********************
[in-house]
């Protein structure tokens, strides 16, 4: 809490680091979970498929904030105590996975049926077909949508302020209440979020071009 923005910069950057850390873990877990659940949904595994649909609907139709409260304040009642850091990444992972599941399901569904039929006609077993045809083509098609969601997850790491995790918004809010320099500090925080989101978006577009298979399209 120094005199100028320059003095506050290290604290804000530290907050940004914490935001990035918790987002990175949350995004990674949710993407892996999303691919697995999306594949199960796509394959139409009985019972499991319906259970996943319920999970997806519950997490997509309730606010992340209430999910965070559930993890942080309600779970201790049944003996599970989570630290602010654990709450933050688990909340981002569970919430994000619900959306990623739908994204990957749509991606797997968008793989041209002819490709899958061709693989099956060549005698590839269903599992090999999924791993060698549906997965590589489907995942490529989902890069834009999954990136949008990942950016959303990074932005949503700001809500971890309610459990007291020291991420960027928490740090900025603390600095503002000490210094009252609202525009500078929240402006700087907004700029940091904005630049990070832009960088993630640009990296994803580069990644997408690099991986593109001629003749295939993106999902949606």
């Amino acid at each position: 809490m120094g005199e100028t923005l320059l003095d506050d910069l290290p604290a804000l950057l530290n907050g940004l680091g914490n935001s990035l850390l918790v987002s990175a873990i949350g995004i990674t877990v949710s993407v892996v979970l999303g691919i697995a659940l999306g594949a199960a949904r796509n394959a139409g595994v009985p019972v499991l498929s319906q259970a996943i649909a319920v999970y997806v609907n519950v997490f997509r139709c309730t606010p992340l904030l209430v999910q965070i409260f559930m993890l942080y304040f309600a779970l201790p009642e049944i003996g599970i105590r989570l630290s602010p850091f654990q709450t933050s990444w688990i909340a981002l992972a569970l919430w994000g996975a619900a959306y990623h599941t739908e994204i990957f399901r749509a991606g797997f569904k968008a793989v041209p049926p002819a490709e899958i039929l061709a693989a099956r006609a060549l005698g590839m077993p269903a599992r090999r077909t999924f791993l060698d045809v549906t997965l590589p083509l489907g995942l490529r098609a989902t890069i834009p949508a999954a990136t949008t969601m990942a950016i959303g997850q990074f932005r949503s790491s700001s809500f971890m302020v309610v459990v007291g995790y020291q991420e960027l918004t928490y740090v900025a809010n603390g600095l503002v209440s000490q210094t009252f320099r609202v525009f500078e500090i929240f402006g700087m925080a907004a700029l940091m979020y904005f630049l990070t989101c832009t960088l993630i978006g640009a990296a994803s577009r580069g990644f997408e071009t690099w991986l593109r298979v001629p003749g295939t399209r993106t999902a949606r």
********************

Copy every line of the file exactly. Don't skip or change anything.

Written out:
[in-house]
């Protein structure tokens, strides 16, 4: 809490680091979970498929904030105590996975049926077909949508302020209440979020071009 923005910069950057850390873990877990659940949904595994649909609907139709409260304040009642850091990444992972599941399901569904039929006609077993045809083509098609969601997850790491995790918004809010320099500090925080989101978006577009298979399209 120094005199100028320059003095506050290290604290804000530290907050940004914490935001990035918790987002990175949350995004990674949710993407892996999303691919697995999306594949199960796509394959139409009985019972499991319906259970996943319920999970997806519950997490997509309730606010992340209430999910965070559930993890942080309600779970201790049944003996599970989570630290602010654990709450933050688990909340981002569970919430994000619900959306990623739908994204990957749509991606797997968008793989041209002819490709899958061709693989099956060549005698590839269903599992090999999924791993060698549906997965590589489907995942490529989902890069834009999954990136949008990942950016959303990074932005949503700001809500971890309610459990007291020291991420960027928490740090900025603390600095503002000490210094009252609202525009500078929240402006700087907004700029940091904005630049990070832009960088993630640009990296994803580069990644997408690099991986593109001629003749295939993106999902949606």
């Amino acid at each position: 809490m120094g005199e100028t923005l320059l003095d506050d910069l290290p604290a804000l950057l530290n907050g940004l680091g914490n935001s990035l850390l918790v987002s990175a873990i949350g995004i990674t877990v949710s993407v892996v979970l999303g691919i697995a659940l999306g594949a199960a949904r796509n394959a139409g595994v009985p019972v499991l498929s319906q259970a996943i649909a319920v999970y997806v609907n519950v997490f997509r139709c309730t606010p992340l904030l209430v999910q965070i409260f559930m993890l942080y304040f309600a779970l201790p009642e049944i003996g599970i105590r989570l630290s602010p850091f654990q709450t933050s990444w688990i909340a981002l992972a569970l919430w994000g996975a619900a959306y990623h599941t739908e994204i990957f399901r749509a991606g797997f569904k968008a793989v041209p049926p002819a490709e899958i039929l061709a693989a099956r006609a060549l005698g590839m077993p269903a599992r090999r077909t999924f791993l060698d045809v549906t997965l590589p083509l489907g995942l490529r098609a989902t890069i834009p949508a999954a990136t949008t969601m990942a950016i959303g997850q990074f932005r949503s790491s700001s809500f971890m302020v309610v459990v007291g995790y020291q991420e960027l918004t928490y740090v900025a809010n603390g600095l503002v209440s000490q210094t009252f320099r609202v525009f500078e500090i929240f402006g700087m925080a907004a700029l940091m979020y904005f630049l990070t989101c832009t960088l993630i978006g640009a990296a994803s577009r580069g990644f997408e071009t690099w991986l593109r298979v001629p003749g295939t399209r993106t999902a949606r």